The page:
But Calo and Stepanovich were divided on whether Congress should update federal privacy laws to set a national standard, or whether the responsibility should be left to state lawmakers to craft their own solutions. Several bills have been introduced in Congress that would, among other things, require warrants before drones could be used for surveillance.
Calo said he is concerned that some of the congressional legislation isn't written broadly enough to cover other types of technology, like robots that can walk up walls.
There is also virtue in allowing states to experiment with their own laws, he said. A variety of drone-related bills have been introduced this year in more than 30 state legislatures.
But Stepanovich urged Congress to pass legislation requiring police to obtain warrants for drone surveillance, with exceptions for emergency situations or when necessary to protect human life.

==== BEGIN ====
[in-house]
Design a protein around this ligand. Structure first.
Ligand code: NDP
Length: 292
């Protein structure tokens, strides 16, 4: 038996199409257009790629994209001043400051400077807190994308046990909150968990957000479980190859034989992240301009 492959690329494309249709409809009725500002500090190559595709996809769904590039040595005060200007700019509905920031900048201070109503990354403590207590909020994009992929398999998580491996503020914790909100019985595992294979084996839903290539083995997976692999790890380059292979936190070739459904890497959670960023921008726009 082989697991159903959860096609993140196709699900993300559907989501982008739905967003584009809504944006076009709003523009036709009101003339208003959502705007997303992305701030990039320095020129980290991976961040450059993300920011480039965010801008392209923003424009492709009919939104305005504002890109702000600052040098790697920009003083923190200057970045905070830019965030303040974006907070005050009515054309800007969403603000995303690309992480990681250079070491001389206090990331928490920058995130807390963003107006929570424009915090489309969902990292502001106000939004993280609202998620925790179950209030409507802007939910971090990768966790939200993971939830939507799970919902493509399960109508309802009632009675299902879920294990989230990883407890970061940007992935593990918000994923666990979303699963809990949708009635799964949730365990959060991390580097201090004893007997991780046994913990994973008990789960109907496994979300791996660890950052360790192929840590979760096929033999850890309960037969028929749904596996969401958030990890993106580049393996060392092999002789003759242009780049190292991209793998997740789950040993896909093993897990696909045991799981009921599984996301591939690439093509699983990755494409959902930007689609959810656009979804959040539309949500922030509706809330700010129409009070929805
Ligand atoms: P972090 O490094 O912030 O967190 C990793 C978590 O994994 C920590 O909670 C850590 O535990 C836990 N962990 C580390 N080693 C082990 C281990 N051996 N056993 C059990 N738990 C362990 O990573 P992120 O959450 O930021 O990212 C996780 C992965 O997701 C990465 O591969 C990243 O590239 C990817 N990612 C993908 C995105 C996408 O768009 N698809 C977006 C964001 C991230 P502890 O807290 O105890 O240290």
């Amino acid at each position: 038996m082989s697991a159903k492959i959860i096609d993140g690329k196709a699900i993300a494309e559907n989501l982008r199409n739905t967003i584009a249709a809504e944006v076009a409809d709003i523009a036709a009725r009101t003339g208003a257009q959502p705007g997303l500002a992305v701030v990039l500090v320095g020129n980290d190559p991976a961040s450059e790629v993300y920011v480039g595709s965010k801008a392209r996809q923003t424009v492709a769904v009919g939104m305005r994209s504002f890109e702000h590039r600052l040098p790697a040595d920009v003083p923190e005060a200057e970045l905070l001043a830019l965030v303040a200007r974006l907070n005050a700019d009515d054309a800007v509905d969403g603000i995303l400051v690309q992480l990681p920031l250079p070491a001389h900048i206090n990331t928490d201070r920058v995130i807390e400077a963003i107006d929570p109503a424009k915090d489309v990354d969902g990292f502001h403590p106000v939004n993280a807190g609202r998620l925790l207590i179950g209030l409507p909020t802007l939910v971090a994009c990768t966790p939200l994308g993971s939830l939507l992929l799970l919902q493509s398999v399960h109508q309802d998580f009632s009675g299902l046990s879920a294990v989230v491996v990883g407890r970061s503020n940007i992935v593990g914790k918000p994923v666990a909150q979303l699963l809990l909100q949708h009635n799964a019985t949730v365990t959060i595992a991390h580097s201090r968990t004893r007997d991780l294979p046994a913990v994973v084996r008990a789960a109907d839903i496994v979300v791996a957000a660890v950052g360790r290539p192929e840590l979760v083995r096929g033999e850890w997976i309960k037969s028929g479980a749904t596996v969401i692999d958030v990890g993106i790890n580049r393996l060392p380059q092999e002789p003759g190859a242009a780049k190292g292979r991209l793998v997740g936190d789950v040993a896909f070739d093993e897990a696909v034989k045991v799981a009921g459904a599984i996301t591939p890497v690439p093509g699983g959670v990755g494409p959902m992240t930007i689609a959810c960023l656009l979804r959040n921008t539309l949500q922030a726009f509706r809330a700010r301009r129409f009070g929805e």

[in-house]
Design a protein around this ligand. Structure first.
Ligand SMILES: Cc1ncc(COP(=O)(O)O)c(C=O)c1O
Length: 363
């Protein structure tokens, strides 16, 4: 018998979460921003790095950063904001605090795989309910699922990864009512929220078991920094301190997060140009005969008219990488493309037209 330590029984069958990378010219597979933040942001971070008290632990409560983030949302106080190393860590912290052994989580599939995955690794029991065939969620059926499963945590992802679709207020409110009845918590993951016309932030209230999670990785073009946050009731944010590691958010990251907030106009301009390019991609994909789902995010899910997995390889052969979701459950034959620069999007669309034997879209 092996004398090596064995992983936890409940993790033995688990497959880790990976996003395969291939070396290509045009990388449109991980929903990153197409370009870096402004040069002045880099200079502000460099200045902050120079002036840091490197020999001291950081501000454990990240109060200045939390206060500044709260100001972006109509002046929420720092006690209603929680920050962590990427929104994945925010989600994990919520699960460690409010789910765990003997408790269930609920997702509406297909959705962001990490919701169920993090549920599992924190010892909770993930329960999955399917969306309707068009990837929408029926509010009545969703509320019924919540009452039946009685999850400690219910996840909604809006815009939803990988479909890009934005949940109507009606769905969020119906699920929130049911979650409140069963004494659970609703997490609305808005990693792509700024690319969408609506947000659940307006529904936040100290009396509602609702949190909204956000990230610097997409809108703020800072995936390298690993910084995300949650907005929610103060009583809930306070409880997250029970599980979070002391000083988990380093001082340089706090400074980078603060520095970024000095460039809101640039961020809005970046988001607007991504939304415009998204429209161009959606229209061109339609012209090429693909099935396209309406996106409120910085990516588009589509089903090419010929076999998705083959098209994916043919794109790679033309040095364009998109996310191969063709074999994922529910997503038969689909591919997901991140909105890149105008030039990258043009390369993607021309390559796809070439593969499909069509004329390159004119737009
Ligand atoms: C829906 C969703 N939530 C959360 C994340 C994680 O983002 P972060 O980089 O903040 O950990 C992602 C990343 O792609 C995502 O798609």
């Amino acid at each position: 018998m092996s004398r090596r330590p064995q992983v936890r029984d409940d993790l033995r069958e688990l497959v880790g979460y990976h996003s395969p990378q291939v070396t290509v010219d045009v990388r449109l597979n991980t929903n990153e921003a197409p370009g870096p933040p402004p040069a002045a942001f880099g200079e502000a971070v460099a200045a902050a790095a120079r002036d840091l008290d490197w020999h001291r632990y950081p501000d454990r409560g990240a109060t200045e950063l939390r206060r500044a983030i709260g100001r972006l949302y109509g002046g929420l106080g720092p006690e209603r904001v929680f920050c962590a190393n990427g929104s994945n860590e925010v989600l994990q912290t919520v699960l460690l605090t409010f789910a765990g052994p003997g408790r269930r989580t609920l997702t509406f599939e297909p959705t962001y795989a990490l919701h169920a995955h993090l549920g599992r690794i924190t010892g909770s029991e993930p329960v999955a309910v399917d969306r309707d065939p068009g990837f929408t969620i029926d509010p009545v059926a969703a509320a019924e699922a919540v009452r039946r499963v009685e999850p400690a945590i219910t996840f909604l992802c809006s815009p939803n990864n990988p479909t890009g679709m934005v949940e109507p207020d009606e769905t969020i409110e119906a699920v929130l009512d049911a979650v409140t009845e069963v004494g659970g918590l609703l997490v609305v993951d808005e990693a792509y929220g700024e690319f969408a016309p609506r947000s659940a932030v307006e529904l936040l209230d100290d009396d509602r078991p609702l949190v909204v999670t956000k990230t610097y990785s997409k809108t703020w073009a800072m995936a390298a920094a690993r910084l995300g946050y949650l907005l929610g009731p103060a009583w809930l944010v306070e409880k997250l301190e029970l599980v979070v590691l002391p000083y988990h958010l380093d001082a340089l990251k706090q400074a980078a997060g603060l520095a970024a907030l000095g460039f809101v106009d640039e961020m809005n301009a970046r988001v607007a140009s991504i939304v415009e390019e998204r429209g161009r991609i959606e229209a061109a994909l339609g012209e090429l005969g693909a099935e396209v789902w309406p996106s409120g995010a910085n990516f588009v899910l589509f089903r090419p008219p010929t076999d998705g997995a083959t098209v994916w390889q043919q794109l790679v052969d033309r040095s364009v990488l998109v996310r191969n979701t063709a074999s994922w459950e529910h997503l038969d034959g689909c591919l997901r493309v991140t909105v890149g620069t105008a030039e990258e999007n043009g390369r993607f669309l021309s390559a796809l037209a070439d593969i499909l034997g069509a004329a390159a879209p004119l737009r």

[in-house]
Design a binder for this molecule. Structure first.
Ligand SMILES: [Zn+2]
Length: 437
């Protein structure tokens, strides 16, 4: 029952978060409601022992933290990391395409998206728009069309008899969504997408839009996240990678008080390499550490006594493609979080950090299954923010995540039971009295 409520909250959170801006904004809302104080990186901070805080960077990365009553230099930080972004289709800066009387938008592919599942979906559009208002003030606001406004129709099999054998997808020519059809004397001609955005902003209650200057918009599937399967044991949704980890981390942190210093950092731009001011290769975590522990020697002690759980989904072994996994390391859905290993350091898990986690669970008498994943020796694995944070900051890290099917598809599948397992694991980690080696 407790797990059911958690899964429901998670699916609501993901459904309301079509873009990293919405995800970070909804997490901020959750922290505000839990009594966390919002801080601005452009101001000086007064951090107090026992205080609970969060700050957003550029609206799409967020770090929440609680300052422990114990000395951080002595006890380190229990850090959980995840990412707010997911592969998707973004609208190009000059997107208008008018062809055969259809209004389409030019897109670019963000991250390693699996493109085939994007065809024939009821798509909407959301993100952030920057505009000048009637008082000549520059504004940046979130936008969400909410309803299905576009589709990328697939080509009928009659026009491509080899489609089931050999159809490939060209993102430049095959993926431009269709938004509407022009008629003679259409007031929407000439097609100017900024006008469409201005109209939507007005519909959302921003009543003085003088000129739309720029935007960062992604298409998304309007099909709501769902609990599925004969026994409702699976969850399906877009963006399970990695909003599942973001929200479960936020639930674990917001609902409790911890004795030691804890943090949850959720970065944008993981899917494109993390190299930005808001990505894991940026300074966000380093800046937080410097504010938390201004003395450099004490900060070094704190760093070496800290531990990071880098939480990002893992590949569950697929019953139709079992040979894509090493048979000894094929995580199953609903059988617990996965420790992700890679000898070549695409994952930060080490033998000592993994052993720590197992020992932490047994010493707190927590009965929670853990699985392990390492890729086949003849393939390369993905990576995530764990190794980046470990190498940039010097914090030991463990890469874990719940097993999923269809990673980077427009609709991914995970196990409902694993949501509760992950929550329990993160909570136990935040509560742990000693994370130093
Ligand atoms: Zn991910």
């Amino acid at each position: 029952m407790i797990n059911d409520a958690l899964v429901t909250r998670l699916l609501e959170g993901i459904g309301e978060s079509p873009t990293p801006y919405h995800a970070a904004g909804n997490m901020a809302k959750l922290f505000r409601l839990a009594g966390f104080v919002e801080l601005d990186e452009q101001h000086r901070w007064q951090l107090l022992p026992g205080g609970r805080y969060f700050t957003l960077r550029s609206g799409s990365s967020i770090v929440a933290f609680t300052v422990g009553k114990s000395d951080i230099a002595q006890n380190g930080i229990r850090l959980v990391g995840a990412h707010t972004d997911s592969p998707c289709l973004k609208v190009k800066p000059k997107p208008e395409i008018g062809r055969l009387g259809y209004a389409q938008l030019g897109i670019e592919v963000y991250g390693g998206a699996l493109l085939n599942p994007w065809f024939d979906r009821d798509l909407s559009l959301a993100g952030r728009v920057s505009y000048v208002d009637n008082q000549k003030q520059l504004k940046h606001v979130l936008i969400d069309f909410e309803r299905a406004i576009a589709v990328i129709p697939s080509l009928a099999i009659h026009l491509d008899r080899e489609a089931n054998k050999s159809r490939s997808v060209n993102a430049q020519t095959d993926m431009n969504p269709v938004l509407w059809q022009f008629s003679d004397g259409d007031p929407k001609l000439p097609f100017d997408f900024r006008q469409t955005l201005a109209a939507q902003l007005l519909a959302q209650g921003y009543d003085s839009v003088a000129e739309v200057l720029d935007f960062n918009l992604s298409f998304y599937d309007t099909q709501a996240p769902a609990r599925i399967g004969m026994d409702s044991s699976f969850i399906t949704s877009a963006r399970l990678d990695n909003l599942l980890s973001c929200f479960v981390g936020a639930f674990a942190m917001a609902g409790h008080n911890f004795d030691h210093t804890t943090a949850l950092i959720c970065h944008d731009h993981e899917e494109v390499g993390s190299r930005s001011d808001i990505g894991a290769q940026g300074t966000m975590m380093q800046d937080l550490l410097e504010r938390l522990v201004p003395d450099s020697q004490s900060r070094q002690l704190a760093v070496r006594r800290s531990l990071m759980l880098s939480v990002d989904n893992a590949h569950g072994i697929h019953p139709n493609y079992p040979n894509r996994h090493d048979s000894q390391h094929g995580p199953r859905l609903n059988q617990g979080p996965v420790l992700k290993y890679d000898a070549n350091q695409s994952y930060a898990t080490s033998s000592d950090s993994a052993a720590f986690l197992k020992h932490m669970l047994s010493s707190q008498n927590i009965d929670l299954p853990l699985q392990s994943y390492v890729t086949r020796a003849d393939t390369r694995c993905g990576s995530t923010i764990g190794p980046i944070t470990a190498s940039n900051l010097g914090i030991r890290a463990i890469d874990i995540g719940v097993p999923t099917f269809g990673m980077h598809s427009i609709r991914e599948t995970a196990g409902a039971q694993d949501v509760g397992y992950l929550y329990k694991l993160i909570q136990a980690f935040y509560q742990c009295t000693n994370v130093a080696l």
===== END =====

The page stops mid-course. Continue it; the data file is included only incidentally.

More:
There is already limited civilian drone use. The FAA has granted more than two hundred permits to state and local governments, police departments, universities and others to experiment with using small drones.
Initially, most civilian drones are expected to be around the size of backpack or smaller, weighing less than 55 pounds and unable to fly higher than most birds. The U.S. military, on the other hand, uses everything from unarmed, hand-launched drones like the 2.9-pound Wasp to systems like the MQ-9 Reaper that flies at an altitude up to 50,000 feet, has a 66-foot wingspan, weighs up to 10,500 pounds and can fire Hellfire missiles and guided bombs.
"I am convinced that the domestic use of drones to conduct surveillance and collect other information will have a broad and significant impact on the everyday lives of millions of Americans going forward," said the committee's chairman, Sen. Patrick Leahy, D-Vt.
"Small, quiet unmanned aircraft can easily be built or purchased online for only a few hundred dollars and equipped with high-definition video cameras while flying in areas impossible for manned aircraft to operate without being detected," Leahy said. "It is not hard to imagine the serious privacy problems that this type of technology could cause."